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Children’s Services has launched an internal review into how the case of a 15-year-old teen and his family were handled. (David Bajer/CBC) The Alberta government has launched an internal review into the case of a 15-year-old teenager who is accused of stabbing an Edmonton bus driver last week.

After the stabbing, the boy’s family told CBC they had warned authorities for some time that he was a danger to himself and others, and they repeatedly asked Children’s Services to intervene.

"I can confirm we are conducting an internal review of this case," said Children’s Services ministry press secretary Brent Wittmeier in an email Thursday.

Citing privacy legislation, Wittmeier said he could not provide specifics.

The teen, who has Cree and Iroquois roots, cannot be named so CBC is using his initials V.T.

Family members say when they managed to get V.T. into a detox program or admitted to the Alberta Hospital psychiatric institution, he kept getting quickly released into his grandfather’s care without sufficient support services. His behaviour frequently got them evicted from where they were living.

In the days leading up to the Sept. 26 stabbing, three family members said they were assaulted by V.T. before he was placed with a family trained to take in troubled youth. Alberta AFN regional Chief Marlene Poitras says the support systems failed the boy and his family. (Submitted by Marlene Poitras) The Alberta regional chief of the Assembly of First Nations called the incident heartbreaking for both the 65-year-old driver, who has been released from hospital, and the teen.

"These systems failed this Indigenous teen and his family," said Chief Marlene Poitras. "Here is a family that reached out for assistance to get the help needed for their child and the intervention was not within their reach." ‘He just went ballistic’: Edmonton bus driver stabbed at Mill Woods transit terminal

She said it’s often the case that Indigenous people have to try twice as hard to access public services that should be readily available.

"This incident highlights how broken the mental health and child welfare systems are in Alberta," said Poitras. "I’m appalled but those types of things happen way too many times to Aboriginal people." Action plan underway

In a statement, Children’s Services said it is working with Indigenous leaders and taking dozens of steps "to ensure children don’t fall between the cracks" and to "prevent cases like these."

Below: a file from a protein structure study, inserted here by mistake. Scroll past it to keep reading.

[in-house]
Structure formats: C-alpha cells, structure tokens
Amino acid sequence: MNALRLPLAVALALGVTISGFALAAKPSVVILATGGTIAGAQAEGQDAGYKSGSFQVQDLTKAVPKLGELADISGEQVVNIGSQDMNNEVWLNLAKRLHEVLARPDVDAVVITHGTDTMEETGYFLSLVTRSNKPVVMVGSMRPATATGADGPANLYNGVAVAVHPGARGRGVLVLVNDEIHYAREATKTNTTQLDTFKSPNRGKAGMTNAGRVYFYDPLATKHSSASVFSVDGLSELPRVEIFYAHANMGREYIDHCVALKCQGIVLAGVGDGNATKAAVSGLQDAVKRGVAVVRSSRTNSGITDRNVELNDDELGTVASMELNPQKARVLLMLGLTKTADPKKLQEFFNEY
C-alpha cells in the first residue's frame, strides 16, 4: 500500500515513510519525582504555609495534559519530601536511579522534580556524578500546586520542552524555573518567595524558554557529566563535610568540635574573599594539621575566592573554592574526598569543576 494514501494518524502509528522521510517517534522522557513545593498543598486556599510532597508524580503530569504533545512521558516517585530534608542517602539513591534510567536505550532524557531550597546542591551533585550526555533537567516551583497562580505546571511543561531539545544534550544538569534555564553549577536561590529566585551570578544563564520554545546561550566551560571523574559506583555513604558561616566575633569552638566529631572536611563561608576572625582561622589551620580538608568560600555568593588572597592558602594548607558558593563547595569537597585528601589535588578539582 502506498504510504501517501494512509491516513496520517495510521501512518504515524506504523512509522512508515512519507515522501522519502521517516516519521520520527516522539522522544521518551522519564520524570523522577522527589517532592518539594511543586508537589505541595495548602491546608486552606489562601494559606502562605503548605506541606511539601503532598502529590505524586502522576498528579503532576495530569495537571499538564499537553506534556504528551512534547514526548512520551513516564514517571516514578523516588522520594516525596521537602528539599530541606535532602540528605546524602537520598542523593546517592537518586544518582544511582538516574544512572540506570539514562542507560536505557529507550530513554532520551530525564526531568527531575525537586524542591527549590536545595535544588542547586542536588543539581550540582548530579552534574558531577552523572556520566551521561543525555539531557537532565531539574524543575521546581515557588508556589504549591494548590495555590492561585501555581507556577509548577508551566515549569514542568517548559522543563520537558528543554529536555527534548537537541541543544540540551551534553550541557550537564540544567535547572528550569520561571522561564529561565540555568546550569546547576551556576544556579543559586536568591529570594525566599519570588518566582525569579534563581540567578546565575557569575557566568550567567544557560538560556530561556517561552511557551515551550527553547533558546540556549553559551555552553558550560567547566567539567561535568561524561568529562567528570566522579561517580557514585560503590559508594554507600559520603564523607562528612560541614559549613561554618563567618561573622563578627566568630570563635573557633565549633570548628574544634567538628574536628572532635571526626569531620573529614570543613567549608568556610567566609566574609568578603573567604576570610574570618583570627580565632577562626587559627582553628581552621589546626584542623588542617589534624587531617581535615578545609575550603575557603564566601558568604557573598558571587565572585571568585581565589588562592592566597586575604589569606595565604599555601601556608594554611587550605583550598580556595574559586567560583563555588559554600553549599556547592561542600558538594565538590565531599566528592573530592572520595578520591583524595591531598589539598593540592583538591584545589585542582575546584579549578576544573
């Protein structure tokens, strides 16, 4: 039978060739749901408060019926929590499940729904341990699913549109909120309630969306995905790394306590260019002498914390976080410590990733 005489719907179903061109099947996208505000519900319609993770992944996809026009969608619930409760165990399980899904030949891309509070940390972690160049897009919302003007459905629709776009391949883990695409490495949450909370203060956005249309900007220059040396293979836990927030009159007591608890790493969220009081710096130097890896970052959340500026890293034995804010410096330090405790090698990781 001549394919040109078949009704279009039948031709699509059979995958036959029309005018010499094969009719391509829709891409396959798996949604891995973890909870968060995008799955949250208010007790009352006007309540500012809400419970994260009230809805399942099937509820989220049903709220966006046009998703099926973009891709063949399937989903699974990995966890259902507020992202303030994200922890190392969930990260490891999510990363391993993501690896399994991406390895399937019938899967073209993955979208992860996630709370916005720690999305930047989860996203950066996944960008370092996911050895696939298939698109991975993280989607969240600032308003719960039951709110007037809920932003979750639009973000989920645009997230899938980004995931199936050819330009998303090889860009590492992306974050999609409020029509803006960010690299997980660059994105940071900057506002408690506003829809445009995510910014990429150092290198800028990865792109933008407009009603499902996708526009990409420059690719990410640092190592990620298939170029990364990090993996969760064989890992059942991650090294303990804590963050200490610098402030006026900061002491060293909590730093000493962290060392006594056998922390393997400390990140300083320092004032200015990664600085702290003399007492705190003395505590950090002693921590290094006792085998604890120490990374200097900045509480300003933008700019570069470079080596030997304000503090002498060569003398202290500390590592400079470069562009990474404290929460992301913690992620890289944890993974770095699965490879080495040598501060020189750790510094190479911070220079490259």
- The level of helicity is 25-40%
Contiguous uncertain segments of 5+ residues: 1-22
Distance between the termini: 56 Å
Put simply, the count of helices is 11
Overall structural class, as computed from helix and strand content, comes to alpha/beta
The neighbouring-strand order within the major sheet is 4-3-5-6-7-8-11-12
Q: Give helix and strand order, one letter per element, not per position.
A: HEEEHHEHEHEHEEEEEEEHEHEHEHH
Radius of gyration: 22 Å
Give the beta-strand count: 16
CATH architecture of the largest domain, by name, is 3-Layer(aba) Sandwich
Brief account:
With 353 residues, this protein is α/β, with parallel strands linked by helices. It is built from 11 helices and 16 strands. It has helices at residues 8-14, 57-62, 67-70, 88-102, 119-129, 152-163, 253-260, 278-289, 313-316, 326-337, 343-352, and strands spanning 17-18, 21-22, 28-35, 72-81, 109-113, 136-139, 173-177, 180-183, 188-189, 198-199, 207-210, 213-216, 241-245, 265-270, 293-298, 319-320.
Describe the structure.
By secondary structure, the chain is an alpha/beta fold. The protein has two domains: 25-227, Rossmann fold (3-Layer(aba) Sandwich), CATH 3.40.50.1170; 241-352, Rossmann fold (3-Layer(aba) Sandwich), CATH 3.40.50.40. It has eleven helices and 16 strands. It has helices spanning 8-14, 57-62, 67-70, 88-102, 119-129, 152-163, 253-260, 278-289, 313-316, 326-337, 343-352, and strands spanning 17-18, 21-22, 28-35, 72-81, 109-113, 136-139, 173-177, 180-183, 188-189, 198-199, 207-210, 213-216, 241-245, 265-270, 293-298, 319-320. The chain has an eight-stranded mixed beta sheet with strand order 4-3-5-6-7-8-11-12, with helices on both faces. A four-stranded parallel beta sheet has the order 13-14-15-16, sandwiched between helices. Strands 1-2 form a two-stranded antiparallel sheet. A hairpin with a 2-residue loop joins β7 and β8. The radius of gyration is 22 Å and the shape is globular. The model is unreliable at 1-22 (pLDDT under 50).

An action plan launched in July aims to improve services, transparency and accountability, increase supports and embed Indigenous world views in legislation and programs. The department is also creating a new Indigenous advisory body and amending legislation this fall to better support new Indigenous-led services.

Alberta government officials say the province is on track to become the first province to fully implement what’s called Jordan’s Principle, a legal principle aimed at ensuring First Nations children living on and off reserves have equitable access to government-funded services. Terry Lusty says funding should be boosted for Indigenous agencies that provide social services. (Zoe Todd/CBC) Métis Elder Terry Lusty said many Indigenous people living on the streets are dealing with trauma, violence and poverty that stems from the residential school days "when people weren’t properly raised with parental love and attention."

He hopes the province will address long-wait times for detox programs and provide more funding to Indigenous organizations.

"They’re not equipped financially or professionally to deal with these kinds of matters. So when they try to address them they’re faced with limitations automatically," said Lusty. "A lot of those youth, they need more direct one-on-one attention, advice, direction, guidance."

Andrea Huncar is based in Edmonton. She reports on human rights, immigrant and Indigenous communities, policing […]

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